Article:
Kids’ Page, Faith Alive, reviews highlight new material
COVID-19 kept much of the world at home for months: out of the office, out of school, out of stores, and out of church. It also drove people online more than ever before. For many, the only way to stay connected was virtually.
The staff in the diocese’s Office of Communications used the opportunity to improve the website of The Catholic Virginian, which is under the auspices of that office, in order to give the faithful another place where they could connect with God and each other.
The initiative was a collaborative effort between the Office of Communications and the diocese’s Office of Information Technology. Janna Reynolds, digital communications writer and web content coordinator, and Ashly Krebs, circulation and database specialist, spearheaded the planning process. They were helped by Eric Sund, diocesan director of IT; Lynn Mooney, Pastoral Center web/database developer; Doug Hazard, web developer; and Brian T. Olszewski, editor of The Catholic Virginian. The team spent hundreds of hours turning their ideas into a polished project.
“First and foremost, we wanted it to be more user-friendly,” Reynolds stated. “We have provided this new platform to make it a little easier for people to find out what’s going on not only in the world, but in our own diocese. We are really proud of the way it’s set up to allow people to find exactly what they’re looking for.”
This was accomplished by giving the entire website, www.catholicvirginian.org, a cleaner, more organized look.
“It’s more engaging. It’s more visually appealing,” Krebs echoed. “Everything is present right away to your eye, whether you’re on the computer, cell phone or tablet.”
The homepage highlights top stories from around the world, as well as trending stories from across the diocese. Bishop Barry C. Knestout’s “Christ Our Hope” column is also featured on the homepage.
The overhaul of the existing Catholic Virginian website more prominently displays news divided into local, national and global sections on the homepage. These categories, the Spanish section and the bicentennial time capsule are available from the drop-down menu. When a user clicks on one story, links to related stories are generated, allowing the reader to further explore a topic of interest.
Columns featured in The Catholic Virginian, including Letters to Father Doyle, Believe as You Pray and In Light of Faith, as well as commentaries and letters to the editor, also have their own menu tab. Archives of those columns are also available.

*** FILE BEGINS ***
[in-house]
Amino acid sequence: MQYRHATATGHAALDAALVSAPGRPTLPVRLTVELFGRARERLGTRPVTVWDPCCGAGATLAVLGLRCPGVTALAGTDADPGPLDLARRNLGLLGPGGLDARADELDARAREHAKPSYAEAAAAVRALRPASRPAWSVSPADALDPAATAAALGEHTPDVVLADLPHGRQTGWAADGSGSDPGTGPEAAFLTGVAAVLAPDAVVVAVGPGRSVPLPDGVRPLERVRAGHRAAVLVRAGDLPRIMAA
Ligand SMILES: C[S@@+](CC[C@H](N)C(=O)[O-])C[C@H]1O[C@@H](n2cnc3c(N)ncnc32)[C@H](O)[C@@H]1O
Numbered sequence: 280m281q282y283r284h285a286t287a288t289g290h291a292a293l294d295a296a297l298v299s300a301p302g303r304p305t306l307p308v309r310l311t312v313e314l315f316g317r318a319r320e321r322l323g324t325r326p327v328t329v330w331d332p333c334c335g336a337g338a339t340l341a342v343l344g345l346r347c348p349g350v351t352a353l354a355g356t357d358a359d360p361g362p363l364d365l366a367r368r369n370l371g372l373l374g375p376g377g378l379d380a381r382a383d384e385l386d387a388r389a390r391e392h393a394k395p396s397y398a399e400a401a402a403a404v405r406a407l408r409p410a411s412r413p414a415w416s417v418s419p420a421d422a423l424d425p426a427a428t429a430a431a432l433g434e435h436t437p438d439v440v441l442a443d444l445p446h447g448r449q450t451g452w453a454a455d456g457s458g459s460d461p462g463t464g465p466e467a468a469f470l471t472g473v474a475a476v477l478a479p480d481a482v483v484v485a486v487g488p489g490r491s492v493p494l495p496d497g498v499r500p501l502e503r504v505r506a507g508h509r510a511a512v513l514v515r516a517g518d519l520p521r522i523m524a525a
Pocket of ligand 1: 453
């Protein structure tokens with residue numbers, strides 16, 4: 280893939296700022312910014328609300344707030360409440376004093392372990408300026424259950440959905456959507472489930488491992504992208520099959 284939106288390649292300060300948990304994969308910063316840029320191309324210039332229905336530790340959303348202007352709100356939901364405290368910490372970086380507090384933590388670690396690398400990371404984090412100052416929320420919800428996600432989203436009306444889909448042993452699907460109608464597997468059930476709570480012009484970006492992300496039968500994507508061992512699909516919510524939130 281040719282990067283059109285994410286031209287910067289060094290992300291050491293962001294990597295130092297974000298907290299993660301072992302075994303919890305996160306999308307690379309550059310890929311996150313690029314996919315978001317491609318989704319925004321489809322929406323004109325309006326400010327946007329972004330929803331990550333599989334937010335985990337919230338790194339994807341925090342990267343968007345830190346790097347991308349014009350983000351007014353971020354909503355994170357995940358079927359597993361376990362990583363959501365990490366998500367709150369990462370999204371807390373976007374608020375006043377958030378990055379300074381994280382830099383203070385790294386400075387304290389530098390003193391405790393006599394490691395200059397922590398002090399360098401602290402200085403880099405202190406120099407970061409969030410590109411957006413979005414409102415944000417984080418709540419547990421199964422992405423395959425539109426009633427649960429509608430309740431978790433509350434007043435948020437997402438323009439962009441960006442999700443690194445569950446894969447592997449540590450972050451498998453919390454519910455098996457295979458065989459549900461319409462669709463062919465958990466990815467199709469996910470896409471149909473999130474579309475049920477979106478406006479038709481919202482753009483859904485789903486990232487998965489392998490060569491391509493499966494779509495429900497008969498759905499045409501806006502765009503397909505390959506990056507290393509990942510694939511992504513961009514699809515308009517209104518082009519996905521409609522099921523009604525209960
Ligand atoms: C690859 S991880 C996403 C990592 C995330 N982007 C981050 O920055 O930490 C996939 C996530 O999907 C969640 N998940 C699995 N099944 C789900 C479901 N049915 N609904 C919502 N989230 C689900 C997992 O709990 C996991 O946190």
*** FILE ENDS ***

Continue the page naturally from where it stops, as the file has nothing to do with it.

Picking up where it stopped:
The video gallery containing videos of concerts and messages from Pope Francis is now more visible to users via the Media tab, which also includes a new photo gallery feature containing images from diocesan events.
Other additions to the site include reviews of movies, books and video games, as well as a section geared toward children.
“I wanted the Kids’ Section more than anybody,” said Krebs, “I have three kids, and I was so grateful during COVID for sites that had free activities. I thought, ‘Why shouldn’t we have those things for our Catholic kids?’”
The Kids’ Section includes faith-based comics, coloring pages, word searches and readings. These activities are a great resource for parents who can keep their children occupied while they have fun learning more about God.
The Faith Alive section offers inspirational stories about people who have turned their faith into action. One story features a woman who has sold hundreds of pieces of religious jewelry with proceeds going to support women who have suffered miscarriages. Another focuses on an NFL player who proclaims his Catholic faith as a top priority in his life. Other Faith Alive material focuses on holy days and liturgical seasons.
The Catholic Virginian doesn’t want visitors to just read the stories, but to share their own. Users can submit their own photos and story ideas to be considered for posting.
“We really hope they take advantage of this and share something, big or small,” Krebs said. “We want people to be interactive with the paper. We want them to know that we want to hear from them, and we are listening to them.”
The project took longer than anticipated due to the pandemic, but the team is pleased with their work.
“Based on post-launch comments I’ve received, it shows that the end result was well worth the amount of development work involved in delivering a truly innovative, yet easy-to- use website for the Richmond Diocese faithful,” said Hazard. “I am beyond pleased with the final result, and consider this the very best work I have done in 20-plus years.”
One constant of The Catholic Virginian, whether in print or online, is its passion for positive storytelling. The website will allow for even more uplifting stories to be shared.
Deborah Cox, director of the Communications Office, addressed the importance of this.
“In a year where people are using technology more and more to remain connected, we feel this digital upgrade of The Catholic Virginian website could not have come at a better time,” she said. “My hope is the faithful and our community use this site to be inspired and to benefit from the material offered, whether you are a young person or young at heart and through the faith stories and exceptional storytelling that may sustain them through challenging times.”
Cox noted that Pope Francis spoke of the importance of storytelling in his message for this year’s World Communications Day.
“Our Holy Father wrote: ‘….we need to make our own the truth contained in good stories. Stories that build up, not tear down; stories that help us rediscover our roots and the strength needed to move forward together,’” she said.